LOGAN, Circuit Judge.
Steven L. Peister was found guilty by a jury of violating I.R.C. § 7205, 26 U.S.C. § 7205, for willfully supplying false or fraudulent information to his employer on a withholding exemption certificate form W-4. Peister raises a number of issues on appeal which we treat under the following categories: (1) infringement upon right to counsel; (2) prosecutorial misconduct; (3) admissibility of certain testimony; (4) sufficiency of the evidence to sustain the verdict; (5) the judge's interpretation of willfulness and a good faith defense; (6) failure of the judge to rule on whether defendant was exempt from withholding under I.R.C. § 3401(a)(9); and (7) the prosecution as a violation of Peister's First Amendment rights.
In the latter part of 1976, Peister formed a church called the Life Science Church of Friendly Hills using materials he purchased from William Drexler. Peister became the minister of the church, and his wife and parents became its trustees. The church held services on Wednesday nights with prayers and sermons.
In connection with organizing the church, Peister took a vow of poverty and purportedly made an irrevocable gift of all his worldly possessions to the church as a requirement of his admission to the Order of Almighty God. Pursuant to the vow, the Peisters executed a quitclaim deed conveying their home to the church. According to the testimony, members of the Order of Almighty God were required to hold assigned outside jobs to raise funds for the church. Frederick Meyer, a bishop in the Order, assigned Peister to continue working as a pressman at Rocky Mountain Bank Note Company, the job he held prior to admission to the Order.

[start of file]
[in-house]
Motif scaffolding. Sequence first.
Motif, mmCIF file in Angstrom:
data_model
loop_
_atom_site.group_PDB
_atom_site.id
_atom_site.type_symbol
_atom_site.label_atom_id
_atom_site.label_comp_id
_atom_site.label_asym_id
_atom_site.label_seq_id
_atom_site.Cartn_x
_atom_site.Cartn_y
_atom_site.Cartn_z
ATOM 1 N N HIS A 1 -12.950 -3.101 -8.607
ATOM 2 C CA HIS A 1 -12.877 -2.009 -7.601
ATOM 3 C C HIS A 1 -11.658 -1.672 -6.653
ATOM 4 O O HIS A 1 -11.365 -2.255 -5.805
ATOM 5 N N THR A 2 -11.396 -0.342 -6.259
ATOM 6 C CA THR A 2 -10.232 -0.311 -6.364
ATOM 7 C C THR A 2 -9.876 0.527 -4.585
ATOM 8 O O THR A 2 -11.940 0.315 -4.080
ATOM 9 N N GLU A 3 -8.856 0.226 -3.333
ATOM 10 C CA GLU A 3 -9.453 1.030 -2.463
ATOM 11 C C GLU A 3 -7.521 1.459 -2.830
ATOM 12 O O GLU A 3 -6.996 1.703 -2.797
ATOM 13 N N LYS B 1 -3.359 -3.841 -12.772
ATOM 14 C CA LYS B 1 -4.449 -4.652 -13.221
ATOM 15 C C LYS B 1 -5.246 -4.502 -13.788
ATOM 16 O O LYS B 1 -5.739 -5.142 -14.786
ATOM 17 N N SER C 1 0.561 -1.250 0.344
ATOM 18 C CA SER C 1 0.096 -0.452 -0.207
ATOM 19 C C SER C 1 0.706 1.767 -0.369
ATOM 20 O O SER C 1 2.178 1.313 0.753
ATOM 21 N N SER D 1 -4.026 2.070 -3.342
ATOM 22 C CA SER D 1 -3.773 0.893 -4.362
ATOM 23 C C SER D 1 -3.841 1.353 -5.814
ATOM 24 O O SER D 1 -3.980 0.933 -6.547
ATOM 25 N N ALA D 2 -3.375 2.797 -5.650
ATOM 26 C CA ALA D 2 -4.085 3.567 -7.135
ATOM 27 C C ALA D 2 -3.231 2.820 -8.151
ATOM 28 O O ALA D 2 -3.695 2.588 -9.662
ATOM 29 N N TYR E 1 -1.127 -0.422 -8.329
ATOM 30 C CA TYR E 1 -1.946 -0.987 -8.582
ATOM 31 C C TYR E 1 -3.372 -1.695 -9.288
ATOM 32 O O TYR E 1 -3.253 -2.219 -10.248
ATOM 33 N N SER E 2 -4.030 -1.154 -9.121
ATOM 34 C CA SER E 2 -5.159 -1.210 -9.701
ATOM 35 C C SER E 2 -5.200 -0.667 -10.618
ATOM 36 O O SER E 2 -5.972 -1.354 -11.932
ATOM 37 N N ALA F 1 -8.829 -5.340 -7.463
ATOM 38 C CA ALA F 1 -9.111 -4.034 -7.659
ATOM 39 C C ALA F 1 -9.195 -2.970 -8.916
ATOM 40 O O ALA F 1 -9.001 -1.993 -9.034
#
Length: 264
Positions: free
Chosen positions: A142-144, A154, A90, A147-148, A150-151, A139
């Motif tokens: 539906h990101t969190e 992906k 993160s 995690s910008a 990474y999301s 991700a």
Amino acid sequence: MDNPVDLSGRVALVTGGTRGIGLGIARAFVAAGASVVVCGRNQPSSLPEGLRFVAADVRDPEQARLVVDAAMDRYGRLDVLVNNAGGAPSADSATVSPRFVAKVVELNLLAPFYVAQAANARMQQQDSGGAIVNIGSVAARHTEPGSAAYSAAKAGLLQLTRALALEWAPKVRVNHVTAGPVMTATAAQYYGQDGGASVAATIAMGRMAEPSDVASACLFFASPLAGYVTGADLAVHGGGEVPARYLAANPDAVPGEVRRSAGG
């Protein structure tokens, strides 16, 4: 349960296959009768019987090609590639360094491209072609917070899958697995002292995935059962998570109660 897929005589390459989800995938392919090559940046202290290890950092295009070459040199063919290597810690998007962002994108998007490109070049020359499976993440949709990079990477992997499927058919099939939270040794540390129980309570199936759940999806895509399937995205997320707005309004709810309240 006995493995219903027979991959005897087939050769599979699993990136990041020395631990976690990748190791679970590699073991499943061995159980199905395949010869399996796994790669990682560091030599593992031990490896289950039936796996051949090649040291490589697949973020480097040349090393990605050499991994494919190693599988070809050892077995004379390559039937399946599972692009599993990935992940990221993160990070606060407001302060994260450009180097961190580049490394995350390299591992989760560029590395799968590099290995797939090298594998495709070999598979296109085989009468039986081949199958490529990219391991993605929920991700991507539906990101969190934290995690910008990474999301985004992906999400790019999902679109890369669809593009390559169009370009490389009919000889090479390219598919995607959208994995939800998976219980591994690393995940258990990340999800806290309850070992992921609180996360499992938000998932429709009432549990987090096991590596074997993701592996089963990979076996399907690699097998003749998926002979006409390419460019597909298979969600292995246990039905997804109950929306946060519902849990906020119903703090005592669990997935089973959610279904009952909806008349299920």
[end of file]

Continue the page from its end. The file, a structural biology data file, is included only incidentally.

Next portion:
Peister maintained checking accounts in the church name at a succession of banks, and he deposited all but one of his pay-checks received during this period in a church bank account. Peister and his wife were the only authorized signators on these accounts. There was substantially no difference between the expenditures made with checks drawn on the Peisters' individual accounts prior to this time and the expenditures from the church accounts, which included payment of personal living expenses of the Peisters.
In December 1976 Peister attempted to stop tax withholding from his wages by submitting a statutory notice to his employer stating he had taken a vow of poverty and so was not subject to withholding. The employer refused to comply with the request directly, but told him he could contact the Internal Revenue Service (IRS). Peister corresponded with the IRS, which informed him he was not exempt from withholding under I.R.C. § 3401(a)(9).
I.R.C. § 3402(f) lists the exemptions an employee can claim on the withholding certificate. These are limited to a personal exemption and exemptions for a spouse, dependents, old age, blindness and for excess itemized deductions. The government's expert testified at trial that under this provision Peister at most would be entitled